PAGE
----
Osteoporosis International

, Volume 28, Issue 2, pp 447–462 | Cite as

The role of calcium supplementation in healthy musculoskeletal ageing

An expert consensus meeting of the European Society for Clinical and Economic Aspects of Osteoporosis, Osteoarthritis and Musculoskeletal Diseases (ESCEO) and the International Foundation for Osteoporosis (IOF)
  • N. C. Harvey
  • E. Biver
  • J.-M. Kaufman
  • J. Bauer
  • J. Branco
  • M. L. Brandi
  • O. Bruyère
  • V. Coxam
  • A. Cruz-Jentoft
  • E. Czerwinski
  • H. Dimai
  • P. Fardellone
  • F. Landi
  • J.-Y. Reginster
  • B. Dawson-Hughes
  • J. A. Kanis
  • R. Rizzoli
  • C. CooperEmail author


The place of calcium supplementation, with or without concomitant vitamin D supplementation, has been much debated in terms of both efficacy and safety. There have been numerous trials and meta-analyses of supplementation for fracture reduction, and associations with risk of myocardial infarction have been suggested in recent years. In this report, the product of an expert consensus meeting of the European Society for Clinical and Economic Aspects of Osteoporosis, Osteoarthritis and Musculoskeletal Diseases (ESCEO) and the International Foundation for Osteoporosis (IOF), we review the evidence for the value of calcium supplementation, with or without vitamin D supplementation, for healthy musculoskeletal ageing. We conclude that (1) calcium and vitamin D supplementation leads to a modest reduction in fracture risk, although population-level intervention has not been shown to be an effective public health strategy; (2) supplementation with calcium alone for fracture reduction is not supported by the literature; (3) side effects of calcium supplementation include renal stones and gastrointestinal symptoms; (4) vitamin D supplementation, rather than calcium supplementation, may reduce falls risk; and (5) assertions of increased cardiovascular risk consequent to calcium supplementation are not convincingly supported by current evidence. In conclusion, we recommend, on the basis of the current evidence, that calcium supplementation, with concomitant vitamin D supplementation, is supported for patients at high risk of calcium and vitamin D insufficiency, and in those who are receiving treatment for osteoporosis.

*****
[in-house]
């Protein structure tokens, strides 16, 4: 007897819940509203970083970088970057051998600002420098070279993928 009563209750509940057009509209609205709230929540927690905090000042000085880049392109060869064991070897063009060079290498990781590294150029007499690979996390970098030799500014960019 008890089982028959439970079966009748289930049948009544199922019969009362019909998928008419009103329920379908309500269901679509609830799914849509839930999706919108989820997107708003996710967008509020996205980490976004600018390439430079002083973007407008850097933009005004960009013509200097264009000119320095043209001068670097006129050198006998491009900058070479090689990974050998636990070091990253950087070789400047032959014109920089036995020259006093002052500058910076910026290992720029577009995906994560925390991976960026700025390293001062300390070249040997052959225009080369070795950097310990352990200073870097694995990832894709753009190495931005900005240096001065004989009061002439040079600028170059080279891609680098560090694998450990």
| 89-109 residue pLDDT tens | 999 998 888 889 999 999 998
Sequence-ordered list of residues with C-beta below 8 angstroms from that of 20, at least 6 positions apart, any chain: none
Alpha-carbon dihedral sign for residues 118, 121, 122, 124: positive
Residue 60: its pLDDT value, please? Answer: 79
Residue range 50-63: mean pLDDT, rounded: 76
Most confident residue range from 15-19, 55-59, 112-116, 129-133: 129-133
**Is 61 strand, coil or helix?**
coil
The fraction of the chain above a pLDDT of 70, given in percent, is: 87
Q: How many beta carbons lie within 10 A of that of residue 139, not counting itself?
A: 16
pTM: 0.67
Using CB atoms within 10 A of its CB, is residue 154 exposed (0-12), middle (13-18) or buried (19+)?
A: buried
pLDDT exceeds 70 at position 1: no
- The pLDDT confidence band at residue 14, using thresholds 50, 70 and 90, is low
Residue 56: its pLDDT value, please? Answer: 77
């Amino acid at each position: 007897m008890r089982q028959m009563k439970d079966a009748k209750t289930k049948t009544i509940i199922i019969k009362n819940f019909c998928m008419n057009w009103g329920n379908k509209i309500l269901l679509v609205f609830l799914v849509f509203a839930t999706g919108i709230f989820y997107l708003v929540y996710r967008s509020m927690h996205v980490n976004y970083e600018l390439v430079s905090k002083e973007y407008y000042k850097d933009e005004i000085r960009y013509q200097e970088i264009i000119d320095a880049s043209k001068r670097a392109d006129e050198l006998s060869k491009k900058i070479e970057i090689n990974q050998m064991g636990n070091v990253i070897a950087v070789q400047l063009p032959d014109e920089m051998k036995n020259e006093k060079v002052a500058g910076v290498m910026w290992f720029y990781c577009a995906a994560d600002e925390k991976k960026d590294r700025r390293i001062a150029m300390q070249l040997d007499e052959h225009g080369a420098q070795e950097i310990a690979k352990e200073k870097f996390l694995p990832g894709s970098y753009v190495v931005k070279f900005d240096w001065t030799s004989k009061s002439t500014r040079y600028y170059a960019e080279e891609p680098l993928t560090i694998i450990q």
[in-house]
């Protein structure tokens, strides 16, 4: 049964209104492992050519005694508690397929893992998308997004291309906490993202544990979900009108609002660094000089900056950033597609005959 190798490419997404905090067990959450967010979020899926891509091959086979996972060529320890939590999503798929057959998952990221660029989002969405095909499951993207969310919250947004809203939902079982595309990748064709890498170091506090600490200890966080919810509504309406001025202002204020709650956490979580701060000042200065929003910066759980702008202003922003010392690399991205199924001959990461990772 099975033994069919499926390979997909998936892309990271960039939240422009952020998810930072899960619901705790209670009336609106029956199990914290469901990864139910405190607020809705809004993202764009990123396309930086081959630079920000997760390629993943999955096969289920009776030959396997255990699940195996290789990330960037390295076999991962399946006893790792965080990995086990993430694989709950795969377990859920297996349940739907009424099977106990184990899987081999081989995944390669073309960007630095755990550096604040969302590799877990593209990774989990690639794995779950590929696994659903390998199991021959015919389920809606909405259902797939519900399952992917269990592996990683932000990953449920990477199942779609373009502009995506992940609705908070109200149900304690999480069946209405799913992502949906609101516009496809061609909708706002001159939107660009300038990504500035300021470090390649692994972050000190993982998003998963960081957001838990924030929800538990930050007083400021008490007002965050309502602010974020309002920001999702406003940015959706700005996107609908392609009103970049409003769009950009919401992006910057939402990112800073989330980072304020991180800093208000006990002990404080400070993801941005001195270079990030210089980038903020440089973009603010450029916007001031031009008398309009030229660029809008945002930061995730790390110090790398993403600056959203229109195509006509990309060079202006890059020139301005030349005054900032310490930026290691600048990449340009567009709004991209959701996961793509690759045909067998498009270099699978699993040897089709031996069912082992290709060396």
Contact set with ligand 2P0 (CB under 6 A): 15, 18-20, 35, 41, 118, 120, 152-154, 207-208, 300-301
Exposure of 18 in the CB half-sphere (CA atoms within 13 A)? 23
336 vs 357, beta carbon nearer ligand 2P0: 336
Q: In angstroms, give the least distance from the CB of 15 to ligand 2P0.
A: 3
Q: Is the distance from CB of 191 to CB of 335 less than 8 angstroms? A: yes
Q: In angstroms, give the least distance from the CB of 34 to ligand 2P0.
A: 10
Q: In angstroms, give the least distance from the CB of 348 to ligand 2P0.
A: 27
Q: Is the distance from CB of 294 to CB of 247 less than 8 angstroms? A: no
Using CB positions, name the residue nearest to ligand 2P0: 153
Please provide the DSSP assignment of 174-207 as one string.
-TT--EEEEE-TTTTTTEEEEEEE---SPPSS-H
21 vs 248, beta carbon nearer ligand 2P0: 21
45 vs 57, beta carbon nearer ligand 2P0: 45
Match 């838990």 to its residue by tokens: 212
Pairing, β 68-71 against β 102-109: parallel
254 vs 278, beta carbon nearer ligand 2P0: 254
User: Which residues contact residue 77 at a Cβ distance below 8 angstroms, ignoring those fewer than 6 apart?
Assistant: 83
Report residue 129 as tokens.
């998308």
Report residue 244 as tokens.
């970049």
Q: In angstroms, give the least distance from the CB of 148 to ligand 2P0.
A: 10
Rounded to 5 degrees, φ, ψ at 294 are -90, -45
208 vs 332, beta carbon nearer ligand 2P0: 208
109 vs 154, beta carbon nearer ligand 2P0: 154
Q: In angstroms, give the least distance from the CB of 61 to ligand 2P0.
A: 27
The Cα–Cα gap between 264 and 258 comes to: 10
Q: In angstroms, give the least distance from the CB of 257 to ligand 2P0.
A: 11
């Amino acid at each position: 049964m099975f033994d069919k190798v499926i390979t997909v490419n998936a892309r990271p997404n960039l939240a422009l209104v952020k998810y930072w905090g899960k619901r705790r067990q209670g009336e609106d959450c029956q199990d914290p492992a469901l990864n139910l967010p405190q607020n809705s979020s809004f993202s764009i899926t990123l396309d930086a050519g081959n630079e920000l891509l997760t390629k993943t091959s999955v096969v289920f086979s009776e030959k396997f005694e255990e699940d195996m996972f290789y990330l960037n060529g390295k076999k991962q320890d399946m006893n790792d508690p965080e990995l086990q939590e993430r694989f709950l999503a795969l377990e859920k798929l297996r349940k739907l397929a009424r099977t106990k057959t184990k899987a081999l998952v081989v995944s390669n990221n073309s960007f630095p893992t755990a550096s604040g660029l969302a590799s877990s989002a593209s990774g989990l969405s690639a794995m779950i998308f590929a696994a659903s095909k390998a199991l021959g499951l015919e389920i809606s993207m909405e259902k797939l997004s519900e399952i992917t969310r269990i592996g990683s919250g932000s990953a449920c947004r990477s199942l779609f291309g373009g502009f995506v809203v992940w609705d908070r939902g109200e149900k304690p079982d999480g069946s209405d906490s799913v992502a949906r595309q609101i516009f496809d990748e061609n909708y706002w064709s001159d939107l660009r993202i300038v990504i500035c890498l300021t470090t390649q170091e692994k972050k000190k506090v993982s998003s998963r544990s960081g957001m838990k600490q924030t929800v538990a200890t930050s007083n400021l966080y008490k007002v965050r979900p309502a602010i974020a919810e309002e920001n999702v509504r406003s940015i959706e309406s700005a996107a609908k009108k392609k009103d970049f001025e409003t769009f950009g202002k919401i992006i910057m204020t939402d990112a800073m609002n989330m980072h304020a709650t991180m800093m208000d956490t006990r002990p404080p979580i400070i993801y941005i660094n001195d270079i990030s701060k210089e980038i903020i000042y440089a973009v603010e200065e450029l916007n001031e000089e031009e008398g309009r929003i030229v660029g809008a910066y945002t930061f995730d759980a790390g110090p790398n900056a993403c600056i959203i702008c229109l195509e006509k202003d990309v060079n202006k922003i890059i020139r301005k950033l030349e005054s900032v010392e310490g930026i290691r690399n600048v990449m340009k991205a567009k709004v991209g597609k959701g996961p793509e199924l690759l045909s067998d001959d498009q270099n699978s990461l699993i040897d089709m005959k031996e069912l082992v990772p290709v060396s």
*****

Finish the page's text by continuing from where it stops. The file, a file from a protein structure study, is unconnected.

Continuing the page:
Calcium supplementation Fracture reduction Myocardial infarction Vitamin D supplementation 



The meeting was funded by the European Society for Clinical and Economic Aspects of Osteoporosis, Osteoarthritis and Musculoskeletal Diseases (ESCEO), a Belgian not-for-profit organisation.

Compliance with ethical standards

Conflict of interest

N. Harvey has received consultancy, lecture fees and honoraria from Alliance for Better Bone Health, AMGEN, MSD, Eli Lilly, Servier, Shire, Consilient Healthcare and Internis Pharma. C. Cooper has received consultancy, lecture fees and honoraria from AMGEN, GSK, Alliance for Better Bone Health, MSD, Eli Lilly, Pfizer, Novartis, Servier, Medtronic and Roche. V. Coxam has received Institutional funding and honoraria for an oral intervention at a scientific meeting Le Centre National Interprofessionnel de l’Economie Laitière (CNIEL). J.-M. Kaufman has received speaker or consultant fees from Amgen, Eli Lilly, Servier. E. Czerwinski has received research support and lecture fees from Amgen. O. Bruyere has received grant support from IBSA, MSD, Nutraveris, Novartis, Pfizer, Rottapharm, Servier, and Theramex; consulting or lecture fees from Bayer, Genevrier, IBSA, Rottapharm, Servier, SMB and TRB Chemedica. B. Dawson-Hughes has received research funding and consultancy from Pfizer Inc. E. Biver, J. Bauer, J. Branco, M.L. Brandi, A. Cruz-Jentoft, H. Dimai, P. Fardellone, F. Landi, J.Y. Reginster, J.A. Kanis and R. Rizzoli declare that they have no conflict of interest. ESCEO and IOF disclosures: none in relation to this paper.